Wildlife Artist to Teach Workshop at Rockefeller Institute
Hada, an experienced and energetic art instructor, avid outdoorsman and professional fly fishing guide, will teach a wildlife painting workshop Oct. 30 through Nov. 2 at the Winthrop Rockefeller Institute on Petit Jean Mountain. The workshop is part of Art Escapes Fall 2008.
During the three-day workshop, Hada will teach students how to realistically and accurately depict various wildlife subjects in their natural habitats using water-based acrylic paint. Although workshop participants are not required to paint wildlife indigenous to the area, Hada prefers to stick with what he knows.
“There’s something about the soul, the spirit and the energy that goes through a painting once you have passion for it and knowledge of it,” Hada says. “You paint best with what you know.”
The primary themes of Hada’s paintings are fly-fishing and the wildlife and landscapes of the Ozark Mountains and White River. As a native of the Ozarks, Hada has been immersed in the region’s landscapes and its diverse plant and animal life his entire existence.
“Since I was a young man, I’ve observed natural beauty, and I’ve always been a wildlife lover. I think my paintings come from being a keen observer and just having the passion for wanting to try to duplicate what I see, especially if it’s wildlife or landscape,” Hada says.
In his paintings, Hada aims to make viewers feel as if they are part of a particular scene by placing the animal in a situation rather than simply painting a portrait of the animal. When a painting depicts an actual scene, Hada says, it comes to life.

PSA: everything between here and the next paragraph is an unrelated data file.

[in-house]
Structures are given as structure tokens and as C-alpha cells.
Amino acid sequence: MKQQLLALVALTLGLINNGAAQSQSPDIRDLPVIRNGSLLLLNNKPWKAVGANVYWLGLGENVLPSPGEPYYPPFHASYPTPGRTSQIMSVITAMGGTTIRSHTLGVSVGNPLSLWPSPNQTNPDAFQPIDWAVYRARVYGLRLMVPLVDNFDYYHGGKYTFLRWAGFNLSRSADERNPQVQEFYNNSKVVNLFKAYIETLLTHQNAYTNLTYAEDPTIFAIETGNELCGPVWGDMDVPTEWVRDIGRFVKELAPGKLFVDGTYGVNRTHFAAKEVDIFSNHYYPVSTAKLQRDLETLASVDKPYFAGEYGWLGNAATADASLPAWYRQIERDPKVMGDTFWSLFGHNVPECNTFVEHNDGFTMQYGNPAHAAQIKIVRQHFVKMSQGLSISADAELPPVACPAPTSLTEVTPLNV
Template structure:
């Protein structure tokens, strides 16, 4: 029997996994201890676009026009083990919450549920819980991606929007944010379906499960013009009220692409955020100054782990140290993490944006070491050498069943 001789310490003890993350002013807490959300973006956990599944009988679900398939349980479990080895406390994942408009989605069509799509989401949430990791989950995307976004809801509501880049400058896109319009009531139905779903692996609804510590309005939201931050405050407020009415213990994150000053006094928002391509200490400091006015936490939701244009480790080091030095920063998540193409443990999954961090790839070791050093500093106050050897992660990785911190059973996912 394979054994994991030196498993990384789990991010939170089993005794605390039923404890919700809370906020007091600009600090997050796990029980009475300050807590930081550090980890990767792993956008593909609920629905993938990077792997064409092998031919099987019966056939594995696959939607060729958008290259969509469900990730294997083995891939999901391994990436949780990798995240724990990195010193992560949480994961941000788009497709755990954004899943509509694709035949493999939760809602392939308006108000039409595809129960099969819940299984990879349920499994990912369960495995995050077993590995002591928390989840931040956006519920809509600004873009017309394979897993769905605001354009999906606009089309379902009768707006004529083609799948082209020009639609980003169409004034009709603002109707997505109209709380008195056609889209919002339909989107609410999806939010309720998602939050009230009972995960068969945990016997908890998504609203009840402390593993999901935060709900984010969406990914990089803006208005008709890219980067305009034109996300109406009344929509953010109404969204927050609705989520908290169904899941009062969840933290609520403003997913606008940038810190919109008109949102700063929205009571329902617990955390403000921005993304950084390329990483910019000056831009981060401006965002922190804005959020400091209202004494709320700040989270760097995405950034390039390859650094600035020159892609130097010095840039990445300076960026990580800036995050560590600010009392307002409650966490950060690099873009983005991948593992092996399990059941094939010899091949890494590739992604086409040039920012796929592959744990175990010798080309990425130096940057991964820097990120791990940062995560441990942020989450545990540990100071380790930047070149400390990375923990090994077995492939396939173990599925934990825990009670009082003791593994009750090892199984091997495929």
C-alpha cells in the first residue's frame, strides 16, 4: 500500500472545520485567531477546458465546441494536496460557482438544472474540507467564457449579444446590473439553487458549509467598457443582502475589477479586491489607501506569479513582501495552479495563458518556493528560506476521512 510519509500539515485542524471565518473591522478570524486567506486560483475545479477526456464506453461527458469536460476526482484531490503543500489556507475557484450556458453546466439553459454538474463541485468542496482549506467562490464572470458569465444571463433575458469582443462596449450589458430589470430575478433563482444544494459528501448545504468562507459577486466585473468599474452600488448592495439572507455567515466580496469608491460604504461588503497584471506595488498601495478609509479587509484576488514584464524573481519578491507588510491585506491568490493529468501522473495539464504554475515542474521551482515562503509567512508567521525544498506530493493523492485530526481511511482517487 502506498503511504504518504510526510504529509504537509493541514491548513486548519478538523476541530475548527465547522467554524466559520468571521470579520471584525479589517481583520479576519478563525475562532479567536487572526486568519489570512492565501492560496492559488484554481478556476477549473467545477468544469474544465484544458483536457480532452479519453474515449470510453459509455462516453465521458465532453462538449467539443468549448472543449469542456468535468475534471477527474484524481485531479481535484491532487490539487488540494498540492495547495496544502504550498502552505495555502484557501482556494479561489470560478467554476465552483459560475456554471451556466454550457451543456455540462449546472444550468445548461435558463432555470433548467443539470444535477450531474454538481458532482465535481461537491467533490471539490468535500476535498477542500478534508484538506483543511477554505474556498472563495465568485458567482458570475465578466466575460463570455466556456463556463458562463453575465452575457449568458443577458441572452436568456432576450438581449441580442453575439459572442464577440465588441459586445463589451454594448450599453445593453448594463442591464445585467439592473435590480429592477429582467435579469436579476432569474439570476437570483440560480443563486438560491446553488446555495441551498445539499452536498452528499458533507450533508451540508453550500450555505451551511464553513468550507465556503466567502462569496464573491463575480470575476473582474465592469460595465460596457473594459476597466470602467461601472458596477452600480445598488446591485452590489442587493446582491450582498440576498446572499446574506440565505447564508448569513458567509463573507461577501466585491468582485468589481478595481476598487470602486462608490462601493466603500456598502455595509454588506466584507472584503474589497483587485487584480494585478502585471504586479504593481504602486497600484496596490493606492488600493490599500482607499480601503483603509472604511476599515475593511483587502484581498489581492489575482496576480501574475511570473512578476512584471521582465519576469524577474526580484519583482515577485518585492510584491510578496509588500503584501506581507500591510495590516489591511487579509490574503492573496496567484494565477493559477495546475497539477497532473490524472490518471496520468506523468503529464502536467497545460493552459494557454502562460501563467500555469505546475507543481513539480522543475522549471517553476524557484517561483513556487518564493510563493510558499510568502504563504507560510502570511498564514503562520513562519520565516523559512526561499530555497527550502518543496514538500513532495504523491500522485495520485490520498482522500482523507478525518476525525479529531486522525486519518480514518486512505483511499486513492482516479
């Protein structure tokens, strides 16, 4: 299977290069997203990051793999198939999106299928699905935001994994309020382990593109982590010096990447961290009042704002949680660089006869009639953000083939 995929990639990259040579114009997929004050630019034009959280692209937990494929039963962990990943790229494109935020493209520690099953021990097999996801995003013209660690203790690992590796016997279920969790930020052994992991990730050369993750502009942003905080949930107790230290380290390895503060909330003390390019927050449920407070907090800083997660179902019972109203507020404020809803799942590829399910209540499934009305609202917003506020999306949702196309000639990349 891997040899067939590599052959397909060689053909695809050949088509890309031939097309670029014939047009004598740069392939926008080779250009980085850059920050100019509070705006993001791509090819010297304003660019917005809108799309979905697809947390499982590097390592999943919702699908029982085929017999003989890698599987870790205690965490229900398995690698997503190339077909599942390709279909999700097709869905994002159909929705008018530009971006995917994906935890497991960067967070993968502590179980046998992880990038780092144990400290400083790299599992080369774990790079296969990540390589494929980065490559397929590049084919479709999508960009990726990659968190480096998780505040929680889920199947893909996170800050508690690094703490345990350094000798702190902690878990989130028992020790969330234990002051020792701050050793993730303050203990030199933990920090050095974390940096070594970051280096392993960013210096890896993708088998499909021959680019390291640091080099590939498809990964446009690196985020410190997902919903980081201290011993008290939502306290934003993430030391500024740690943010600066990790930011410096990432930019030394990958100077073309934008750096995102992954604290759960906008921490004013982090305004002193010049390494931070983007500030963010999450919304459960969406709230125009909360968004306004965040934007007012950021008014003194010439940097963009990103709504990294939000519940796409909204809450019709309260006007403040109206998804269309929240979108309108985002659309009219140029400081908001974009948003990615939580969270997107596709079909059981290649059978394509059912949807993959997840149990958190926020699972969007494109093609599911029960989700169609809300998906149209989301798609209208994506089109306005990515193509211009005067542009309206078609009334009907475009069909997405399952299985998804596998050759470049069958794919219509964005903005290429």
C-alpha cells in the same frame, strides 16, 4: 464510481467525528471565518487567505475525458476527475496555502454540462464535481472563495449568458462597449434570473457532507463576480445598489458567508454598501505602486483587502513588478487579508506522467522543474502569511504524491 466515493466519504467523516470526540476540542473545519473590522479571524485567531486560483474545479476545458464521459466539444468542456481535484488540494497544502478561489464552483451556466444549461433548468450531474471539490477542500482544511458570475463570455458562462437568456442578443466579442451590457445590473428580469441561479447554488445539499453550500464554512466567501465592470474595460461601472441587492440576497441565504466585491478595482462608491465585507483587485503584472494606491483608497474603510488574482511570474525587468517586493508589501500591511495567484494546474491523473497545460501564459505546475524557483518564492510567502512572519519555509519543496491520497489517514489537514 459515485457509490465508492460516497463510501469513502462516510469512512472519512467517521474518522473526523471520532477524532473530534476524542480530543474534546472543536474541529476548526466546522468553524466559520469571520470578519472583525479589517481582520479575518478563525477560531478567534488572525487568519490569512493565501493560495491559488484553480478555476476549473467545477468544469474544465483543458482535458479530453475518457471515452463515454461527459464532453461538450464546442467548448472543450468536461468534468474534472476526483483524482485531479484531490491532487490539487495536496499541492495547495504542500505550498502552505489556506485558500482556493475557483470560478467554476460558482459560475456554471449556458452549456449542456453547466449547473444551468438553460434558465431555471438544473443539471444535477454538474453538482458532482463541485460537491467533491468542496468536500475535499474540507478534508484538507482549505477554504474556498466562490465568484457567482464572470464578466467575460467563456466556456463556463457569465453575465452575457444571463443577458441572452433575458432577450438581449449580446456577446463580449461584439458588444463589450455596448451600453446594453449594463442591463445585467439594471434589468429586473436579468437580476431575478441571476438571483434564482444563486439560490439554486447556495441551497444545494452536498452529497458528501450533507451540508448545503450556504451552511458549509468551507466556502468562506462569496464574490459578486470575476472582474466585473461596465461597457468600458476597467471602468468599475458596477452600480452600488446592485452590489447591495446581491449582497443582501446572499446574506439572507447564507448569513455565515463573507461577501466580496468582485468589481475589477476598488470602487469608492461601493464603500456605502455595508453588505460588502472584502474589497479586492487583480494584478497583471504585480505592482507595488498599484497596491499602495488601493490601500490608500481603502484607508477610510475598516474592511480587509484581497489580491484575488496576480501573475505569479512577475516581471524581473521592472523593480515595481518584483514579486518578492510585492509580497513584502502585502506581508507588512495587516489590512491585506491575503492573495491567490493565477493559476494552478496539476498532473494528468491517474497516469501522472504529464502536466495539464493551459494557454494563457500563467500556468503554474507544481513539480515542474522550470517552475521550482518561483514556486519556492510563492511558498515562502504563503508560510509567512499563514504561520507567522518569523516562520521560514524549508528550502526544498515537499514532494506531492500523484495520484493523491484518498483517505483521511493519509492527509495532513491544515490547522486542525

“I think the thing that separates a good wildlife painter from someone who just paints a portrait of a wildlife subject is the ability to create that mood or feel or capture that special moment that we occasionally get to see in nature. I want my paintings to make others feel as if they were part of that environment.”
Hada has won numerous awards in the field of wildlife painting, including the Midsouth Watercolor Society Best of Show award in 2007. In addition, collectors and state agencies have prized Hada’s wildlife paintings for years. His work has been selected to appear on trout stamps, calendars, educational posters, and the Arkansas Game and Fish Commission trout license plate. In his most recent project, Hada is painting the waterway ecosystems of the state for the Arkansas Game and Fish Commission.
“It’s fulfilling when someone that really knows wildlife sees my work and connects to the same inspiration and feeling that I put into it,” Hada says.
During Art Escapes Fall 2008, Hada will help participants achieve success and improvement in their wildlife painting, regardless of their skill levels. Those who are interested can register online at www.uawri.org. A commuter workshop with lunch only is $325 and a commuter workshop with lunch and dinner is $400. The price of an all-inclusive workshop, which includes overnight accommodations at the Rockefeller Institute’s Lodge and Conference Center, ranges from $540 to $595, depending on the lodging option.
Duane Hada lives in the small Baxter County town of Cotter. He and his wife, Marlene, own and operate Rivertown Gallery, which features Duane’s original wildlife art and showcases the art of fly fishing and the Ozark landscape.
To learn more about Duane Hada and to view samples of his work, visit www.rivertowngallery.com.
Hada is one of three instructors for Art Escapes Fall 2008. The other workshops are Plein-Air Oil Painting with Bill Garrison and Watercolor Painting with Gloria Garrison. For more information about Art Escapes contact Julie Hall, program coordinator at the Rockefeller Institute, at (501) 727-6220 or jhall [at] uawri [dot] org.
For more information on the Winthrop Rockefeller Institute of the University of Arkansas System, visit www.uawri.org or call (501) 727-5435.